The first dog I remember as a young child was a working Golden Cocker Spaniel called Sheena, followed by another Cocker, several mongrels and Jack Russell Terriers until I got the first dog that I could call my own – a rescued Irish Setter called Jason. I did obedience and showing with him with moderate success but failed in Field Trials. Next was a JRT named Zac who travelled around the country with me for over 20 years whilst I pursued a career in Equestrianism. Horses and dogs go together and in those years I learnt how to deal with the characteristics, loveable or otherwise of everything from Lurchers to Labradors and Schnauzers to Salukis.
It was during my time at Catherston Stud that I met Karen and Mark Laker of UpAndOver Agility. I also had a rather naughty, long legged, fluffy JRT, called Dyson at that time. Dyson’s party trick was to open windows and doors and join in the classes whether invited or not. Eventually they relented and we were allowed to join Karen and Mark when they were training their own dogs and later the club in 2003. Dyson was placed 5th on his first outing, in an Open Jumping class, then followed a couple of years of eliminations and 5 faults before finding form in 2007 when he was placed in every class (usually in the top 5) and we even appeared in the International Ring at the KC Festival in the Team Competition.
By this time I was well and truly bitten by the Agility bug and knew that I would never find another Dyson so started looking for a Collie. I got Robbie in 2008 from a local ex-police and military dog handler and trainer. Robbie took a little time to get in the ring due to illness then a lot of rehabilitation before he could recommence training. He won at the UKA National Championships as a 3 year old and the following year qualified for the Agility Club Starters Cup. In his first Kennel Club season he amassed 111 points. He still has issues with balance and co-ordination, if I don’t keep up his core strength and hind limb awareness exercises, but we continue to have fun and he is very full of drive and enthusiasm.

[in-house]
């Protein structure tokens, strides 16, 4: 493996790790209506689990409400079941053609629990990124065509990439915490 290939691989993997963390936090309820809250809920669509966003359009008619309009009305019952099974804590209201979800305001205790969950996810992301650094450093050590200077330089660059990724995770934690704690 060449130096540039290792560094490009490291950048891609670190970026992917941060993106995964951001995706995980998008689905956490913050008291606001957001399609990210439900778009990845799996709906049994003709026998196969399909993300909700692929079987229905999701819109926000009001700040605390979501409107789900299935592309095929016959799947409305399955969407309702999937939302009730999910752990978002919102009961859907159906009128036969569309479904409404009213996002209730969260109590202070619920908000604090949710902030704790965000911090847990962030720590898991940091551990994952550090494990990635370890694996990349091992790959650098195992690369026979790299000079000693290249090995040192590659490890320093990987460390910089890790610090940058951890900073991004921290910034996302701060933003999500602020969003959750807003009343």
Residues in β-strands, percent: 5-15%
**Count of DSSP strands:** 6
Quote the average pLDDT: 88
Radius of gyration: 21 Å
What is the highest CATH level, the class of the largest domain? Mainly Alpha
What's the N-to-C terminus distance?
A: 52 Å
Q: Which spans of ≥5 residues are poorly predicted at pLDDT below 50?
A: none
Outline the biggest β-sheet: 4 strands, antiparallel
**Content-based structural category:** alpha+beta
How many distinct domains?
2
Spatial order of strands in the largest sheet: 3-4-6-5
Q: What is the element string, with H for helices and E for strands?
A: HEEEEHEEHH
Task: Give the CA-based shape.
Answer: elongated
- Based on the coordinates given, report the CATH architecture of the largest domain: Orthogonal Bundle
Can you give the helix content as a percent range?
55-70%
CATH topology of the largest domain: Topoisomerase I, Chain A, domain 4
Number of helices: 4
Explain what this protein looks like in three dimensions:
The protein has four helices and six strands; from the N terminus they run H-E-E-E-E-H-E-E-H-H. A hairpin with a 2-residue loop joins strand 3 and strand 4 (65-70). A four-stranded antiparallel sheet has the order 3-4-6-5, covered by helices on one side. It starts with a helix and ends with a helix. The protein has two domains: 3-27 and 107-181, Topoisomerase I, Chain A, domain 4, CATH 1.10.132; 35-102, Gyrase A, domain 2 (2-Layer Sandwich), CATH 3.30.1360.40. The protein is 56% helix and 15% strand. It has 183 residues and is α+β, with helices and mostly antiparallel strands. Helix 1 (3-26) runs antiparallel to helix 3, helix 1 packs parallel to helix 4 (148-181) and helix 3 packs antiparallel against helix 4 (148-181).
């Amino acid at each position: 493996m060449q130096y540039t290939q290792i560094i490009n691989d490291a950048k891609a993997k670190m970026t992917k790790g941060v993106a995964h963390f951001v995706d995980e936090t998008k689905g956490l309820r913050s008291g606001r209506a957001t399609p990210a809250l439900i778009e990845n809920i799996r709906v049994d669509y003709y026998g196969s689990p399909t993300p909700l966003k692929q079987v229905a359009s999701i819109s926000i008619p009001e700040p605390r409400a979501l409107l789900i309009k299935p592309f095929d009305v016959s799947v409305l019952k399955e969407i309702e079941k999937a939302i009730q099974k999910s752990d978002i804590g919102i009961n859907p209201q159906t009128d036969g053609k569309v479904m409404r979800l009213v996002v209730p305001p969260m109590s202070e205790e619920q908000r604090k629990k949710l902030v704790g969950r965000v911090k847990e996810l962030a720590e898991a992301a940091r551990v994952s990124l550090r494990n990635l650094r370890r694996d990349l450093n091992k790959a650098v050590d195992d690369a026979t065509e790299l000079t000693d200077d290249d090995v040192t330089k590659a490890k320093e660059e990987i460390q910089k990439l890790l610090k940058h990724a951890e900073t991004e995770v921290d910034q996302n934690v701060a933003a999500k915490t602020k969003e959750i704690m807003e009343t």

My latest project is Bud, another Border Collie, who was born in July 2013. He is the opposite of Robbie and is a much quieter, less confident character and will take a lot more time and patience to get him to confident enough to compete. I can see the potential is there and I am happy to let him progress at his own pace.
2020 Important Dates
We are full booked at the moment and have no vacancies. The next course is on hold till later in the year.
Joining the club
The annual subscription is £5. Charges for classes are dependent on the level and day on which you train (please ask when applying to join)
Annual subscriptions to the club are due on January 1st each year and the AGM is held in the November each year.